Swim program reaching new heights

By By Tye Smith

By Tye Smith

Last year, the U women’s swim team defeated BYU for the first time in team history.

Not a soul graduated after the season, and the returning women will be experienced and confident coming off the biggest victory the program has ever seen. BYU has dominated swimming in the region for years, and the breakthrough victory is a sign of rising expectations facing Ute swimmers.

“Whenever you can defeat the conference champ head-to-head in a dual meet, it’s a good sign,” said head coach Mike Litzinger. “It was really exciting for us and exciting for the kids that worked so hard.”

Litzinger, who was named Mountain West Conference Women’s Coach of the Year, explained how the win over BYU marked a culmination of several years’ worth of work.

“It was a great feeling for all of us because we’ve been working hard for three years, since I became the head coach here, to bring the women’s team up,” he said. “It hasn’t had much of a history, and one of the jobs that I was commissioned to do by the athletic department is to bring the women’s team up to be competitive for a conference championship.”

Litzinger is enthusiastic about the core of returning swimmers on the women’s team. Thirteen women who were freshman last year will be back on the squad this coming season. “They’ve been through the ringer once,” Litzinger said. “Now they’ll know what it’s like.”

The coach is also optimistic that his new recruits will be able to contribute.

“Our freshmen coming in are very good,” he said. “They have good national experience, so they’ll be ready to jump right in and help us out.”

There is no question that the pressure to succeed has increased for the U women this year.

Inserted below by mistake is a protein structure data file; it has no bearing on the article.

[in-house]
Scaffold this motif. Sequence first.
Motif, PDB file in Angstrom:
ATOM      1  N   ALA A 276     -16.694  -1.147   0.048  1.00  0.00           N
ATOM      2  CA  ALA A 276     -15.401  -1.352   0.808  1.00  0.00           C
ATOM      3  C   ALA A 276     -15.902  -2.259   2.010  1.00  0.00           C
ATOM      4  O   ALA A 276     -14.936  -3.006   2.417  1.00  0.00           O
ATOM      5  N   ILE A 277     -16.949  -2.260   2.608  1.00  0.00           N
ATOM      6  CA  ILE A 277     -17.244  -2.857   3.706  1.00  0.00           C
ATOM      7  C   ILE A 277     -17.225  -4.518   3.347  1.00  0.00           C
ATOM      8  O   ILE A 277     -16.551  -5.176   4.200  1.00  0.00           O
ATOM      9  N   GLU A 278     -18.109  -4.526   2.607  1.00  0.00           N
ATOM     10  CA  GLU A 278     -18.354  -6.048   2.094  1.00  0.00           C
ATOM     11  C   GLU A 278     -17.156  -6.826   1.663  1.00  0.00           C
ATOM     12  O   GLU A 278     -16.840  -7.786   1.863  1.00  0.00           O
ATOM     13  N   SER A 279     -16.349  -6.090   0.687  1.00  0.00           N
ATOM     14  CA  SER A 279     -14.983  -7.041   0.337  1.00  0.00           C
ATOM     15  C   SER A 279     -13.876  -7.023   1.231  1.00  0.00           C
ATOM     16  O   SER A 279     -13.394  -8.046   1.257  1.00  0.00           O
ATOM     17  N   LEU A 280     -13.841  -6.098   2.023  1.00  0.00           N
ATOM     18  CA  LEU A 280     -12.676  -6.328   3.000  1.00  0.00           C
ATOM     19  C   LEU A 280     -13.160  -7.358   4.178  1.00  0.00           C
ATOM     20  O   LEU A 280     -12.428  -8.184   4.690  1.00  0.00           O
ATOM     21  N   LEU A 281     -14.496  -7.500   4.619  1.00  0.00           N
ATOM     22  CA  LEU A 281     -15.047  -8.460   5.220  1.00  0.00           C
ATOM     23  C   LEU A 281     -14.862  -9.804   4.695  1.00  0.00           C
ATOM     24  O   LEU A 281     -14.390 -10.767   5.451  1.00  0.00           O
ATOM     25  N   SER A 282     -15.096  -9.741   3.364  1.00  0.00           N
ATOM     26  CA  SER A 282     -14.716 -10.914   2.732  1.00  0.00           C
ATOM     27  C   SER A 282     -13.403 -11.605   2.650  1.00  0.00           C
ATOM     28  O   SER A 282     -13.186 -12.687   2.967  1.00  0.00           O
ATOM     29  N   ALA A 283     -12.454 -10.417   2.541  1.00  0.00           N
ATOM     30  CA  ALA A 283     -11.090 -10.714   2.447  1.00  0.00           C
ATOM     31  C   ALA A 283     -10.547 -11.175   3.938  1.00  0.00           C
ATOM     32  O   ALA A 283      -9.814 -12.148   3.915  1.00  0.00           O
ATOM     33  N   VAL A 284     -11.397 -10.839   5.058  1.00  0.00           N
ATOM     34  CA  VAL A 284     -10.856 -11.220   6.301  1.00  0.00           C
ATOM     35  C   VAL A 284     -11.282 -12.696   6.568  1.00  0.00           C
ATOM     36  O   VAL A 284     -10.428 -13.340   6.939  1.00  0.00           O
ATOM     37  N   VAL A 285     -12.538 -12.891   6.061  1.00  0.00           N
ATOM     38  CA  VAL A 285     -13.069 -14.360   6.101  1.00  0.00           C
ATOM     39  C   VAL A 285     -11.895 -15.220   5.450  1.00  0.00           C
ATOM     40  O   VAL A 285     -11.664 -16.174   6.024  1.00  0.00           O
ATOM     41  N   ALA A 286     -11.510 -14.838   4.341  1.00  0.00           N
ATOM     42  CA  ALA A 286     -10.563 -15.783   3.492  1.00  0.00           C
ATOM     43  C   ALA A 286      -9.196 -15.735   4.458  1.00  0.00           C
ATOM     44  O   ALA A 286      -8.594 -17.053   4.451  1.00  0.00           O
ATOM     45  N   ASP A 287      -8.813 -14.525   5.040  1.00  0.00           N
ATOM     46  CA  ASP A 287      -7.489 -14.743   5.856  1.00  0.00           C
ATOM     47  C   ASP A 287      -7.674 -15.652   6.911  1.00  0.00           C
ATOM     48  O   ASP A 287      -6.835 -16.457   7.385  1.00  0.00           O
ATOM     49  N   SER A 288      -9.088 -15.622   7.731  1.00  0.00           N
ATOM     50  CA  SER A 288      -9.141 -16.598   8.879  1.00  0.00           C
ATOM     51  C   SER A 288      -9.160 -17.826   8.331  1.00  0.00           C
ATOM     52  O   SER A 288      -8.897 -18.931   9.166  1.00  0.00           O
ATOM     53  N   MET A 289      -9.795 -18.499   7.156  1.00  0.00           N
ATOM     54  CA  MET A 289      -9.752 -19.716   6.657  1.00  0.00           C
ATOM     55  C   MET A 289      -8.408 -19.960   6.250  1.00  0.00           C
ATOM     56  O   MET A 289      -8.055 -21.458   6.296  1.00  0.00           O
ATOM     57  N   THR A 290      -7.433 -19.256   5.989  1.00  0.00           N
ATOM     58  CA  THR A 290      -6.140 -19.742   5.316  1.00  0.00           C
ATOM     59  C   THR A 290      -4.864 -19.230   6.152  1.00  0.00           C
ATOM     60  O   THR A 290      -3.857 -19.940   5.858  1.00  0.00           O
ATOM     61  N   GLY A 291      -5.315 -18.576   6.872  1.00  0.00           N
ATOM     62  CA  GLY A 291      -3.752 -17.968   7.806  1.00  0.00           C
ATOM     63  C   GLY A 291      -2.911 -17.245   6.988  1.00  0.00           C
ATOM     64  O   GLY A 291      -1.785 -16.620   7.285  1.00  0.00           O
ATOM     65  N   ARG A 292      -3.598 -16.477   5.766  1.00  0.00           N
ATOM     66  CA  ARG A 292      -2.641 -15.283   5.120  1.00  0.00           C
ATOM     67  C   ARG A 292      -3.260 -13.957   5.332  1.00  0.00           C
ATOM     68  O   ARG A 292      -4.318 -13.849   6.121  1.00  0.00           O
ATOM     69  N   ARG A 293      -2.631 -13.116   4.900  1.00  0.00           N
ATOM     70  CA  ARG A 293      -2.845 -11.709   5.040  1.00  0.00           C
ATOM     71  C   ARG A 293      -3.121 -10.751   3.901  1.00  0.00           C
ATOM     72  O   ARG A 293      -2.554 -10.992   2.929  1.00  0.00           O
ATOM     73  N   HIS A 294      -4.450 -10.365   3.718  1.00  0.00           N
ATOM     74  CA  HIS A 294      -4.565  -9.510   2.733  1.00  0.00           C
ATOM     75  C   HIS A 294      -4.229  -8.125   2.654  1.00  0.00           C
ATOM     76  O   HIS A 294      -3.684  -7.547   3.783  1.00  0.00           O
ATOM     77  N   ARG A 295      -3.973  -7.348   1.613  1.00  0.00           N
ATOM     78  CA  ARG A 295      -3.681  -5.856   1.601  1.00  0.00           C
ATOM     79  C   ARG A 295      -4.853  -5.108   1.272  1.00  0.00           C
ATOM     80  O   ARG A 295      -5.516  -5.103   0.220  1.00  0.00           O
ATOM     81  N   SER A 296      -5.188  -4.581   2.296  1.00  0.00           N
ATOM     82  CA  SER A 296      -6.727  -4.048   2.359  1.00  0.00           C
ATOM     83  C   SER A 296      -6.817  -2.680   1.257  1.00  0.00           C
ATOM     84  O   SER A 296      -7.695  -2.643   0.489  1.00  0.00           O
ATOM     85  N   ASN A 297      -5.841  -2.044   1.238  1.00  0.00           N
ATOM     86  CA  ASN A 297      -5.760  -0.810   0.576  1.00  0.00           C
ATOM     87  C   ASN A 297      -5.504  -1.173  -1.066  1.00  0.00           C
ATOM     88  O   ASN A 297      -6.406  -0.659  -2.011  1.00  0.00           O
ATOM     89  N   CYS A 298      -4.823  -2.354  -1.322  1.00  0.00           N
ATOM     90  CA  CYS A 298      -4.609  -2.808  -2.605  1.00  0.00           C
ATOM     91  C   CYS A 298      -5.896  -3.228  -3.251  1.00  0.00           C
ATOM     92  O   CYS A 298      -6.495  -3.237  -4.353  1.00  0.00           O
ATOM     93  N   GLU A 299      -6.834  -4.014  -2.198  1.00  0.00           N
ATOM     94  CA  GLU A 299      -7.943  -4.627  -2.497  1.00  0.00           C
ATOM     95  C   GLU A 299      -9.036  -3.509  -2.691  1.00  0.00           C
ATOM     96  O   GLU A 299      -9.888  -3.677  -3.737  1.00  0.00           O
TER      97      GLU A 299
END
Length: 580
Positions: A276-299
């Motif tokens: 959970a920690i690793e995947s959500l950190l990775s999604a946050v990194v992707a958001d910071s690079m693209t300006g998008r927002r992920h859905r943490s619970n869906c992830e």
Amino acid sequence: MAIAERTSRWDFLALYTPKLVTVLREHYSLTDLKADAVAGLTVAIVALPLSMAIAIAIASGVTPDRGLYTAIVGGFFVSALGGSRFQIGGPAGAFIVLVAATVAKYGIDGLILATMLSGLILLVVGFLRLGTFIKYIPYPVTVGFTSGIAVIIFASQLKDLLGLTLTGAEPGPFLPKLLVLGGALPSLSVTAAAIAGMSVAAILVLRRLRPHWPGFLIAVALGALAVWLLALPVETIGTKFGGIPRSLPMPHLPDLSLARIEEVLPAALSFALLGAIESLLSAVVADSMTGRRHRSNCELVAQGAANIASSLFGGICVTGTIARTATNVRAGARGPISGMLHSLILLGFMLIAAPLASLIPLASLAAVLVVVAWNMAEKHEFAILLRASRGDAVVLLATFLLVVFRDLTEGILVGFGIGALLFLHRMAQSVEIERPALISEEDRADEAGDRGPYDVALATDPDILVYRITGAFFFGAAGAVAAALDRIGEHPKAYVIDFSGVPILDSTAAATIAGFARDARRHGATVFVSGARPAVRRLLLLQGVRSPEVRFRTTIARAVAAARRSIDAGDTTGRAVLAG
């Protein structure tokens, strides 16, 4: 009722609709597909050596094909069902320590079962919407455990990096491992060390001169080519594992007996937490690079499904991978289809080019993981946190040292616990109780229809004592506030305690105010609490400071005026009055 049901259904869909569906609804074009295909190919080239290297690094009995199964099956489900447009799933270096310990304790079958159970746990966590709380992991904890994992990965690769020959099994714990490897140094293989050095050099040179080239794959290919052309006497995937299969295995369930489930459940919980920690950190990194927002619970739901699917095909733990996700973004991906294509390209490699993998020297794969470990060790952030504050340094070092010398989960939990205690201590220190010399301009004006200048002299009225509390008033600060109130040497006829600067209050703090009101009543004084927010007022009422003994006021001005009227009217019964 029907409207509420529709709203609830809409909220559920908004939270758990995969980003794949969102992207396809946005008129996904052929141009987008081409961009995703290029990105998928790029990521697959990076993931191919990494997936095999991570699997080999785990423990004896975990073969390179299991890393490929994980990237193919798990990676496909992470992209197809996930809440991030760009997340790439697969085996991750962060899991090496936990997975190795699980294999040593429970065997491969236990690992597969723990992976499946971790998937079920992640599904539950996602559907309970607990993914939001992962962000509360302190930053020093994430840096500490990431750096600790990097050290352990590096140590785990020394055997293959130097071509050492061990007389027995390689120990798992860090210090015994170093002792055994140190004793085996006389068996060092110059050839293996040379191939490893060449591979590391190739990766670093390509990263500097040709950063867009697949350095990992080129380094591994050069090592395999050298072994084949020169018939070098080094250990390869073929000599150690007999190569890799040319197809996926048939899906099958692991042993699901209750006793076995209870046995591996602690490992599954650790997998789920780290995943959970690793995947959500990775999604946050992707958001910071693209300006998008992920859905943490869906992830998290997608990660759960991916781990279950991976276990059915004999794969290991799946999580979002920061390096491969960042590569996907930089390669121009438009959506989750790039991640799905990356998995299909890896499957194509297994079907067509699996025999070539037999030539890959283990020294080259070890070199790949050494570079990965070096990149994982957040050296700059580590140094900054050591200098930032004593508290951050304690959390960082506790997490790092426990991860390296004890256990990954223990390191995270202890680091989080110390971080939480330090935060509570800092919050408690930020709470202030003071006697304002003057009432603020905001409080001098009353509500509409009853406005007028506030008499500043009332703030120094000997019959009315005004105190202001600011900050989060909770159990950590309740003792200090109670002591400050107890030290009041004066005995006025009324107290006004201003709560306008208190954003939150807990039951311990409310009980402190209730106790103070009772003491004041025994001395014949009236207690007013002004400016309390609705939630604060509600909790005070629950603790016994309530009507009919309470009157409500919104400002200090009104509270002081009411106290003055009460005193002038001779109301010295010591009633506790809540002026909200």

“Our women are poised to win the conference outright,” Litzinger said. “We’re right on the very edge of doing that.”

On the flip side, the U men’s swim team has experienced a restructuring process that is slowly increasing its level of competition. Litzinger is aware of the difference between the two teams.

“They are two different teams with two different dispositions who are really on two separate paths,” he said. But, as he remained positive about the future of the men’s team, “Eventually their paths will meet at the top,” he said.

Litzinger has been unable to structure a highly competitive men’s team because of scholarships that were already taken before he arrived. “It was just a matter of cleaning house and getting the proper kids in there-the kids [that] would fit better into my system,” he said.

Being as competitive as the women’s team is still a few years down the road for the men, but there are reasons to be optimistic about the near future.

“Our guys aren’t there yet, but they are going to be super competitive,” Litzinger said. “We just need another year under our belt and another recruiting class, and I think we’ll be right there knocking on the door.”

Despite the lack of success in recent years, Litzinger expects to make the same kind of impact on the men’s team as he did with the Ute women.

“We’re making great strides in the men’s program,” he said. “Over the last three years, it’s just been about establishing respect. Now, when we walk into a dual meet, the other team knows they are going to have to step up and race us hard.”

Coach Litzinger has made it clear to the team exactly what will be expected of his team.

“Now it’s about taking it to the next level,” he said. “We’re ready to go on the women’s side, and our guys are at the point now where there are no gimmes, and people are going to have to swim us straight up.”

With hopes of a conference championship for the women and creating a solid foundation for the men, the coming swim season should hold plenty of excitement-as well as uncertainty-for Utah swimmers.

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